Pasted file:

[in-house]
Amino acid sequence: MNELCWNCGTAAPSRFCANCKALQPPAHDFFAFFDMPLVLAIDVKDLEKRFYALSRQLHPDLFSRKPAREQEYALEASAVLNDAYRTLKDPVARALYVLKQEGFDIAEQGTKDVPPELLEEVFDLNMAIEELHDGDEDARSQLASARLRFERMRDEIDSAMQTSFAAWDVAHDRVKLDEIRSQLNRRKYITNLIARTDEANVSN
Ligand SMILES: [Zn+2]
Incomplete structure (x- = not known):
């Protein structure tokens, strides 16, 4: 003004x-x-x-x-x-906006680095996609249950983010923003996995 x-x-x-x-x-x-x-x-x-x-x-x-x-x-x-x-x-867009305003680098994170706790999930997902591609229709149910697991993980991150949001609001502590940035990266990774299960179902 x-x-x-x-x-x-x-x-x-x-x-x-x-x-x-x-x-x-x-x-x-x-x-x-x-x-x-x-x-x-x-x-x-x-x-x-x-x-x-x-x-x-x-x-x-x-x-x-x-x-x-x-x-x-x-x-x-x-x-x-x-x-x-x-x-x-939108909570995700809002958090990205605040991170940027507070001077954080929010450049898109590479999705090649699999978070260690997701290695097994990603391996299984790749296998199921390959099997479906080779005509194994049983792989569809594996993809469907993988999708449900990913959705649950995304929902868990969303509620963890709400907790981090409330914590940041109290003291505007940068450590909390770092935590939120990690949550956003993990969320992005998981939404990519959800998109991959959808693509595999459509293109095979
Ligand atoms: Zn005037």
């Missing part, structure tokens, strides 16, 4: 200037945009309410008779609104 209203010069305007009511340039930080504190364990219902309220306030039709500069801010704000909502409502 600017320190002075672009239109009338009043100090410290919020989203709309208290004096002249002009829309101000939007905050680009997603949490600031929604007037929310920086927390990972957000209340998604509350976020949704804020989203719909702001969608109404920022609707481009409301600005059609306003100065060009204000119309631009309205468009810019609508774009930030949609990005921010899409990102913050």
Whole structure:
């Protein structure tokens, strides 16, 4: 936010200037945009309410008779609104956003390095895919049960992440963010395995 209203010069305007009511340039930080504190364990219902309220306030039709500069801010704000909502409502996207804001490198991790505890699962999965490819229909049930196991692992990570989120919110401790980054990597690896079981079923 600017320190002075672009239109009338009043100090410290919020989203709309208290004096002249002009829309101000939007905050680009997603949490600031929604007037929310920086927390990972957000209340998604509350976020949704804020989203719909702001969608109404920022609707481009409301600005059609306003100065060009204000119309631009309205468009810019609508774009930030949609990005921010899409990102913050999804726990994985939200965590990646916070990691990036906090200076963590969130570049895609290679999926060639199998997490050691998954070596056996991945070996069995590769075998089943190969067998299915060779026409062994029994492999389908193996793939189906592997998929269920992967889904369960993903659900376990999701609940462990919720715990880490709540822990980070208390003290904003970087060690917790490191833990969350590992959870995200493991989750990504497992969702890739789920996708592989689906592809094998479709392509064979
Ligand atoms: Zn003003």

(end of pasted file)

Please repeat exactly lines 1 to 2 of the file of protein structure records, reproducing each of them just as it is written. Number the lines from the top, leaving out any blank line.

[in-house]
Amino acid sequence: MNELCWNCGTAAPSRFCANCKALQPPAHDFFAFFDMPLVLAIDVKDLEKRFYALSRQLHPDLFSRKPAREQEYALEASAVLNDAYRTLKDPVARALYVLKQEGFDIAEQGTKDVPPELLEEVFDLNMAIEELHDGDEDARSQLASARLRFERMRDEIDSAMQTSFAAWDVAHDRVKLDEIRSQLNRRKYITNLIARTDEANVSN